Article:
Models of science dynamics aim to capture the structure and evolution of science. They are developed in an emerging research area in which scholars, scientific institutions and scientific communications become themselves basic objects of research. In order to understand phenomena as diverse as the structure of evolving co-authorship networks or citation diffusion patterns, different models have been developed. They include conceptual models based on historical and ethnographic observations, mathematical descriptions of measurable phenomena, and computational algorithms. Despite its evident importance, the mathematical modeling of science still lacks a unifying framework and a comprehensive research agenda.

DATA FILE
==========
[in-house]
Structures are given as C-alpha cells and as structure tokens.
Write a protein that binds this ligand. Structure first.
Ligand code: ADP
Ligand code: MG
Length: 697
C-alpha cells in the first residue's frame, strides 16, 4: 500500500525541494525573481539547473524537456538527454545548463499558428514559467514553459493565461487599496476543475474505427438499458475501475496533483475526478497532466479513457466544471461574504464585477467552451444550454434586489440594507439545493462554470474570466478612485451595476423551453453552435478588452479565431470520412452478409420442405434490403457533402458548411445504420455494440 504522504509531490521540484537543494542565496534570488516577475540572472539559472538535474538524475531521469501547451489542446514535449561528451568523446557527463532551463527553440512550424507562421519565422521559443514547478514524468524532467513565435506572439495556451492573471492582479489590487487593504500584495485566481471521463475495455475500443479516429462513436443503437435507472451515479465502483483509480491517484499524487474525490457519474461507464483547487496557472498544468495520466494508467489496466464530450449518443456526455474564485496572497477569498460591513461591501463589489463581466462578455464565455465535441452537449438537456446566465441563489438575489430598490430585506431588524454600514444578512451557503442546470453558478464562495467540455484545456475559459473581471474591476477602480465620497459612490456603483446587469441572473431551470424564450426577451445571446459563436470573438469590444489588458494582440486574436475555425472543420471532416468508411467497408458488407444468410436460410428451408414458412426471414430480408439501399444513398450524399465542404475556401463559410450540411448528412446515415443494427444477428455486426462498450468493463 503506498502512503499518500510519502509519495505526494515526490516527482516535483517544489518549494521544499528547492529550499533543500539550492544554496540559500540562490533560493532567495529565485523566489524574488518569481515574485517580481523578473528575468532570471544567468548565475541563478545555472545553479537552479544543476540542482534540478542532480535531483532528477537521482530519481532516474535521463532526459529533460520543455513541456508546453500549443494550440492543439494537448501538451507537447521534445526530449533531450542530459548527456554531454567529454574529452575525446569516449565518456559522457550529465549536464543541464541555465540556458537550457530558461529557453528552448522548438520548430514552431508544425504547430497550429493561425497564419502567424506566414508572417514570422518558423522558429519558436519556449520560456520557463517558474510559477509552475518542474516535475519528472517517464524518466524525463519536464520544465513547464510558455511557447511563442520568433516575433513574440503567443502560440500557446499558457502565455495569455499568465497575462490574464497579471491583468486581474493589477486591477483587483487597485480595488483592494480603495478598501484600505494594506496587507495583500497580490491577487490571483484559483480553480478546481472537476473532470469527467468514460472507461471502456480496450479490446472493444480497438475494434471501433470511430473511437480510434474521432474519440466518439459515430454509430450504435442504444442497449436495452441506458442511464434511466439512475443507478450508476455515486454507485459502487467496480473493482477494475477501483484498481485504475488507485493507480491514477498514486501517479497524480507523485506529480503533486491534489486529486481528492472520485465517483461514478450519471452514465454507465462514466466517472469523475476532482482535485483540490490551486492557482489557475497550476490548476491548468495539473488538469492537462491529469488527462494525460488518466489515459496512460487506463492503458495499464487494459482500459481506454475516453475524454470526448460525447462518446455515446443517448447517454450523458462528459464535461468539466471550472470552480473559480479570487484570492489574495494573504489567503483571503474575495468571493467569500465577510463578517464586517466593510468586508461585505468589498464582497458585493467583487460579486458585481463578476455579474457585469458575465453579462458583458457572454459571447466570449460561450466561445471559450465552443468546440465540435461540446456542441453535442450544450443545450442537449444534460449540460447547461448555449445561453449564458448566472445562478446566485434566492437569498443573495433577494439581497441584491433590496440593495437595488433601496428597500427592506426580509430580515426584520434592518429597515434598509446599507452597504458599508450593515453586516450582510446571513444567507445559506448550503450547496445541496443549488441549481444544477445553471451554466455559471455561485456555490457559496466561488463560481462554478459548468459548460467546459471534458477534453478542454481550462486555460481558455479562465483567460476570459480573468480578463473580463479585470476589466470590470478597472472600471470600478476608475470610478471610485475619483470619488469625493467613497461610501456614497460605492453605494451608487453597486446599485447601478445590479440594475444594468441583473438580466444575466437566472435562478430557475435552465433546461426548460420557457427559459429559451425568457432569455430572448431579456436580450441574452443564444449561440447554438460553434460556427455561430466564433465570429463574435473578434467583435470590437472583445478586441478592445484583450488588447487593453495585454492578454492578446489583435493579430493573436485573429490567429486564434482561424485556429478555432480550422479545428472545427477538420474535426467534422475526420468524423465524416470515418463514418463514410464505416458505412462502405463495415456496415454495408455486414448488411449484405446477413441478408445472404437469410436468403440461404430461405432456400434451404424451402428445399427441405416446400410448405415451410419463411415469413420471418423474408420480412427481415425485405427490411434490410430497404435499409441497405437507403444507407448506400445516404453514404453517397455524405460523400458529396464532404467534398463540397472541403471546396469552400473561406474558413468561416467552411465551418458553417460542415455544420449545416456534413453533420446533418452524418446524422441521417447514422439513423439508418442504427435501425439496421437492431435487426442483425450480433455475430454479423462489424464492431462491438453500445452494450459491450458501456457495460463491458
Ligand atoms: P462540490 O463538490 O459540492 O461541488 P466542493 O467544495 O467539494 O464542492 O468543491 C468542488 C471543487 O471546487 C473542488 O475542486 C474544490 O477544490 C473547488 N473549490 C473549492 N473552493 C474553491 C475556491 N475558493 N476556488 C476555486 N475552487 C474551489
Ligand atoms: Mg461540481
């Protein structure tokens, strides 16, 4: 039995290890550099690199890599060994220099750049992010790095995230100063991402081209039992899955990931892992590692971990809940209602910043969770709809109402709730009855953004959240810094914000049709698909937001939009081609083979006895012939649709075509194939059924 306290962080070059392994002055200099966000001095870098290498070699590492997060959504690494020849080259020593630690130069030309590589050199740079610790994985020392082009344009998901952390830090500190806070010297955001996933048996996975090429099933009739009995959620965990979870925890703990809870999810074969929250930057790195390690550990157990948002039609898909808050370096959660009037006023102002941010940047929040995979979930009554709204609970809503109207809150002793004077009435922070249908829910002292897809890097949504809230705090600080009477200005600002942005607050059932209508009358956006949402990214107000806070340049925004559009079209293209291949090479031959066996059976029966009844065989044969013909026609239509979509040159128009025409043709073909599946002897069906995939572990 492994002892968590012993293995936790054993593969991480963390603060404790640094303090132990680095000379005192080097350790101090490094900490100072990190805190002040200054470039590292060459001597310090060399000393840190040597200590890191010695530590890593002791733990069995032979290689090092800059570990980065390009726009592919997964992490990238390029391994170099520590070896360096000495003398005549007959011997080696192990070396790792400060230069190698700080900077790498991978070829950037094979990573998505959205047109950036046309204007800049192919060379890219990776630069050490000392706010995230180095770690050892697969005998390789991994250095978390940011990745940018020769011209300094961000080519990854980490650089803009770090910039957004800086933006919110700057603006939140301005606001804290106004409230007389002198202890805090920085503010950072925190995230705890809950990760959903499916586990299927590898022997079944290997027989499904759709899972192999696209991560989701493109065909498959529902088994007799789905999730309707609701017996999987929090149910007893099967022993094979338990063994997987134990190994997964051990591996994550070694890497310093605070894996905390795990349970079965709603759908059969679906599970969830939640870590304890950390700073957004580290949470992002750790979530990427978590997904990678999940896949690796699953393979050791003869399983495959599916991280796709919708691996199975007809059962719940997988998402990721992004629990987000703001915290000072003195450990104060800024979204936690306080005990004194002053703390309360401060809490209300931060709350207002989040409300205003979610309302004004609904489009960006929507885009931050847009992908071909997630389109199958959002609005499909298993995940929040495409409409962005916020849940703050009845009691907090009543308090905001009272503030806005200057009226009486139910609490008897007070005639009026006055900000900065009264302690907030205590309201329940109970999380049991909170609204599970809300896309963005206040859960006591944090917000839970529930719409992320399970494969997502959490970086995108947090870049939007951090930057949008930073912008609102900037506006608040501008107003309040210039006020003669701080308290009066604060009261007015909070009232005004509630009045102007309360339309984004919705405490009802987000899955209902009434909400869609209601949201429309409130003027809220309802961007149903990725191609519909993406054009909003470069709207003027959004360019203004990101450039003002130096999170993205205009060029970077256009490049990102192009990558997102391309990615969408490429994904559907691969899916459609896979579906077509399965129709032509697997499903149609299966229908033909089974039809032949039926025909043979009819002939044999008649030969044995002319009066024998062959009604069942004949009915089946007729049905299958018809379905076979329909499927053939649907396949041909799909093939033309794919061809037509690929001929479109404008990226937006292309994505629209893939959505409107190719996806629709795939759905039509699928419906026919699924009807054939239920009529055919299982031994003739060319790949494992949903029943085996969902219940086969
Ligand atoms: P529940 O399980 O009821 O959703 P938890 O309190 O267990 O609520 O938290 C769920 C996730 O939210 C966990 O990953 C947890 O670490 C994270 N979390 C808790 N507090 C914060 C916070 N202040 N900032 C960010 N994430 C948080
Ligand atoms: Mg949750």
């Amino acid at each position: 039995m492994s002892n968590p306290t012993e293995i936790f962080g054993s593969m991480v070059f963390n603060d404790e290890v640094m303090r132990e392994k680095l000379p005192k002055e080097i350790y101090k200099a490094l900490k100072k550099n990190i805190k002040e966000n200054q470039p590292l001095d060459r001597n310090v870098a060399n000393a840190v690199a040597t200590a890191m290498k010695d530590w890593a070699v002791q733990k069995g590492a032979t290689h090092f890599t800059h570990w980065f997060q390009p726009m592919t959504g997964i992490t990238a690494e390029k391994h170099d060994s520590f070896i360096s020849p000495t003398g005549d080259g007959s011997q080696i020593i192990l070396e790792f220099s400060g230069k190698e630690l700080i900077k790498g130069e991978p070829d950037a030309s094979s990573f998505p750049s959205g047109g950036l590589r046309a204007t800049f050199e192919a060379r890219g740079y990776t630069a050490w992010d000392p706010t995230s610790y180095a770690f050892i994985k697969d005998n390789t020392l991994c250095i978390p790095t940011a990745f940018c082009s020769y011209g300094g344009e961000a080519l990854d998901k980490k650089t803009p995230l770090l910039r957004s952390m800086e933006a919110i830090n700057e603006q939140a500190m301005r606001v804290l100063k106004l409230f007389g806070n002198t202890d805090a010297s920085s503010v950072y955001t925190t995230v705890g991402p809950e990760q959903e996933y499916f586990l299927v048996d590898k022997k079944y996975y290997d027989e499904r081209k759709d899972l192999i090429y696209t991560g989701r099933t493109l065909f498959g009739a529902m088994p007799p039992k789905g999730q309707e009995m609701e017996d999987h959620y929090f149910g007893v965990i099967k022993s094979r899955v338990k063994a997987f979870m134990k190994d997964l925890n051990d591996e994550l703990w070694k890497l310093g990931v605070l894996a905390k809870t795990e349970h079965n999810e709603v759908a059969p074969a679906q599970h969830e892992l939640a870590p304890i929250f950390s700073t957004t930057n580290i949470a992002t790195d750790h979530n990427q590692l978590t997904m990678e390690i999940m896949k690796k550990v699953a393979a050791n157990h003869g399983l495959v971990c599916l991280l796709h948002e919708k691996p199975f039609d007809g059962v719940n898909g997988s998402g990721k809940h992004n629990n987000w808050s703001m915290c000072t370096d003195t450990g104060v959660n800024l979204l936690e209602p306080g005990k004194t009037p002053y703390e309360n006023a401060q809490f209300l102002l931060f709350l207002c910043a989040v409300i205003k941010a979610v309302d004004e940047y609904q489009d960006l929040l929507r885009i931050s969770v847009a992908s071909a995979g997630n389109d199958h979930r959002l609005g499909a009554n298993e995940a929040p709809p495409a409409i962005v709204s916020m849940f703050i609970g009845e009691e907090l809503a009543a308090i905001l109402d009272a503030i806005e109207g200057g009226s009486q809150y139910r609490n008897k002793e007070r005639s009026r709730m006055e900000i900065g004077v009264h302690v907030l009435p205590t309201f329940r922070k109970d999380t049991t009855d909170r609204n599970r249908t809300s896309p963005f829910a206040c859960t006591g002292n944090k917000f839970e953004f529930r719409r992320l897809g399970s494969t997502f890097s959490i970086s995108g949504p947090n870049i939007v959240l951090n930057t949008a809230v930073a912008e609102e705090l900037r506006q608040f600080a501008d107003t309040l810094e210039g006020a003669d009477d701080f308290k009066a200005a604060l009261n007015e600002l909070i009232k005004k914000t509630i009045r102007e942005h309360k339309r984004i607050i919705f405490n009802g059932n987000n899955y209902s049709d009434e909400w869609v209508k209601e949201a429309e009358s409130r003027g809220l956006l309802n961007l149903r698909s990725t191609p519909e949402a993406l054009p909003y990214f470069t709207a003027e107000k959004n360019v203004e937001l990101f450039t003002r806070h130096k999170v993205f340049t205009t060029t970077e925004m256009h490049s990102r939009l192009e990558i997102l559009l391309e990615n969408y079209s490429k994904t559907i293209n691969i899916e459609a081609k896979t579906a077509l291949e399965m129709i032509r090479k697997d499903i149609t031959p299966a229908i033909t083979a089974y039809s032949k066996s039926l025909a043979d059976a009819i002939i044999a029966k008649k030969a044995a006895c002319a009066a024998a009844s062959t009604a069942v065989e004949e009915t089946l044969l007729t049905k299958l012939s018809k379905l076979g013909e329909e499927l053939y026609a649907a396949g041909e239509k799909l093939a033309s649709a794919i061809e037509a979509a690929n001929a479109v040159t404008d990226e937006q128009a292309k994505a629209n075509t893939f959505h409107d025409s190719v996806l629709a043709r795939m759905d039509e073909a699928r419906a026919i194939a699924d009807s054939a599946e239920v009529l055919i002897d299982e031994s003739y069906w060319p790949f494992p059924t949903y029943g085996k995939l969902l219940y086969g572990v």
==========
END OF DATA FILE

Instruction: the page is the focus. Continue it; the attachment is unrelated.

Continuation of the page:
This book aims to fill this gap, reviewing and describing major threads in the mathematical modeling of science dynamics for a wider academic and professional audience. The model classes presented here cover stochastic and statistical models, game-theoretic approaches, agent-based simulations, population-dynamics models, and complex network models. The book starts with a foundational chapter that defines and operationalizes terminology used in the study of science, and a review chapter that discusses the history of mathematical approaches to modeling science from an algorithmic-historiography perspective. It concludes with a survey of future challenges for science modeling and discusses their relevance for science policy and science policy studies.